In another development in an emerging area of discrimination law, national retailer Saks Fifth Avenue (“Saks”), has moved to dismiss a lawsuit by a transgender former employee on the grounds that Title VII does not protect transgender people.
News broke in September when the Equal Employment Opportunity Commission (“EEOC”) sued two employers for discrimination against transgender employees. That was the first time in its history that the EEOC sued under such a theory. It appears to have opened the door to other claims by employees themselves.
One such claim was recently filed by a former employee of national retailer, Saks Fifth Avenue, who alleges that she was fired because of her status as a transsexual (the plaintiff alleges that she has transitioned from a man to a woman). Saks has recently moved to dismiss and notwithstanding the EEOC’s position on the matter in other cases, has cited extensive case law supporting the proposition that Title VII simply does not protect transsexual people.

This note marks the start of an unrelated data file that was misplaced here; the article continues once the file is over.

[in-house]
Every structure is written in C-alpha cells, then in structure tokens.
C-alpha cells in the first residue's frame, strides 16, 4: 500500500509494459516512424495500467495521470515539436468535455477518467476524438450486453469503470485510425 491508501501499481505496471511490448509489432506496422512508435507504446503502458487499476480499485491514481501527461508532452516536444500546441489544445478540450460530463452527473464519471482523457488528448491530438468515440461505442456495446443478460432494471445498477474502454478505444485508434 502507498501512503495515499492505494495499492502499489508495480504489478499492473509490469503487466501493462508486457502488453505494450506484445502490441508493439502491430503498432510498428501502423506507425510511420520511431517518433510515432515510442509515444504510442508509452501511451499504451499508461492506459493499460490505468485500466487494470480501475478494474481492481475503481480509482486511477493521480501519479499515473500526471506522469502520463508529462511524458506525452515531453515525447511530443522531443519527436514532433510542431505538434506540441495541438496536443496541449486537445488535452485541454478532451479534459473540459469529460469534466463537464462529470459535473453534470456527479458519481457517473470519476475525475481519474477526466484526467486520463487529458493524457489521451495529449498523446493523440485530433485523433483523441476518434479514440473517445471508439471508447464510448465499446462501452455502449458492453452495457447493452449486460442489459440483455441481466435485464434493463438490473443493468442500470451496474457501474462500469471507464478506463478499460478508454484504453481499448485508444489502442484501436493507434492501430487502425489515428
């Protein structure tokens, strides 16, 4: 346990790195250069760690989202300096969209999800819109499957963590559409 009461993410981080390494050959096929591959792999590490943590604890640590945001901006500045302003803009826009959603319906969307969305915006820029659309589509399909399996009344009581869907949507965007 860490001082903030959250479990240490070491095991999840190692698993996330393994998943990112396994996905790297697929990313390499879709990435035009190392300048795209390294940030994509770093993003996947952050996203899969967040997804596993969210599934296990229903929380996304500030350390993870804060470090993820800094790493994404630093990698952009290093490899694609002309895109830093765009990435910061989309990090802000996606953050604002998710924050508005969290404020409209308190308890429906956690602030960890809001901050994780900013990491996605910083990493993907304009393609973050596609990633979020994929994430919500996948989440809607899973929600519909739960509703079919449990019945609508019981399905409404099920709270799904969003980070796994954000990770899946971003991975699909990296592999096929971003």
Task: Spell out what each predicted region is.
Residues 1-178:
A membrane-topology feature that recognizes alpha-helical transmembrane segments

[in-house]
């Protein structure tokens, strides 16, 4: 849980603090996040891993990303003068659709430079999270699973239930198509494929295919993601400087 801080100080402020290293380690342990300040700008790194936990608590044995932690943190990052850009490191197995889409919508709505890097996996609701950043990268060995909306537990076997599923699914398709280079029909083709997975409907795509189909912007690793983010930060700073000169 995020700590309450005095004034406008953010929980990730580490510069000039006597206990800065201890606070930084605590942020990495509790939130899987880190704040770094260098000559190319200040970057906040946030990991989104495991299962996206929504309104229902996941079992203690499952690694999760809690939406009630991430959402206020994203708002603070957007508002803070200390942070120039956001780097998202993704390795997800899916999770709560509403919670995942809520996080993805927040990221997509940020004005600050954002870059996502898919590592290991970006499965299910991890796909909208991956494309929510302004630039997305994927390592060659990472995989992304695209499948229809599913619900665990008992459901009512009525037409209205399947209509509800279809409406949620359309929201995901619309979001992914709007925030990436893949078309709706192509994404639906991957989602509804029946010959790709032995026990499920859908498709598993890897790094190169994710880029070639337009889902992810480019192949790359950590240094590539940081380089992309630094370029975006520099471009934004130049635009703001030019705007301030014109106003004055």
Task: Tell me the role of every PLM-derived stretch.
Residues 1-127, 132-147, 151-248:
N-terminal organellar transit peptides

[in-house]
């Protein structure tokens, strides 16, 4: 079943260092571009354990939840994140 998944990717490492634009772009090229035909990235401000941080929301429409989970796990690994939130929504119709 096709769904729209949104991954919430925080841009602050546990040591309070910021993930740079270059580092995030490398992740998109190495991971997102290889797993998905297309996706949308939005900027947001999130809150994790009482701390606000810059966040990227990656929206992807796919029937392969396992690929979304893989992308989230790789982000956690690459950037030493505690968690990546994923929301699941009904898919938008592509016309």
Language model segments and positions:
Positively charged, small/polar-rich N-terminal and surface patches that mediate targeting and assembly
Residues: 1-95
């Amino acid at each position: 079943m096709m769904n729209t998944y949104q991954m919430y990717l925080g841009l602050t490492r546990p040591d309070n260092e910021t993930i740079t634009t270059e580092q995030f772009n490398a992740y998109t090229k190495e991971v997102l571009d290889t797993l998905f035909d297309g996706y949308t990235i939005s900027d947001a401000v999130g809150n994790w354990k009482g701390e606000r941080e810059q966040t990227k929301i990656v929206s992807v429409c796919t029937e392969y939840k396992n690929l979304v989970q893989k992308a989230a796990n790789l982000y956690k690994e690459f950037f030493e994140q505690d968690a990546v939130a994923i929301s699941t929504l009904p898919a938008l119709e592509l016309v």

This case, captioned Leyth v. Saks & Company, Civil Action No. 14-CV-2782 (S.D. Tx), and the decision that will come out of Saks’ motion, lie at the fault line of an emerging area of law. There are several decisions supporting Saks’ position in the matter, but it is still an open question whether Title VII protects transgender and transsexual people. Until Congress passes an amendment to the law to make it clearer, or the U.S. Supreme Court rules definitively one way or the other, employers will have to tread carefully when dealing with transsexual or transgender employees.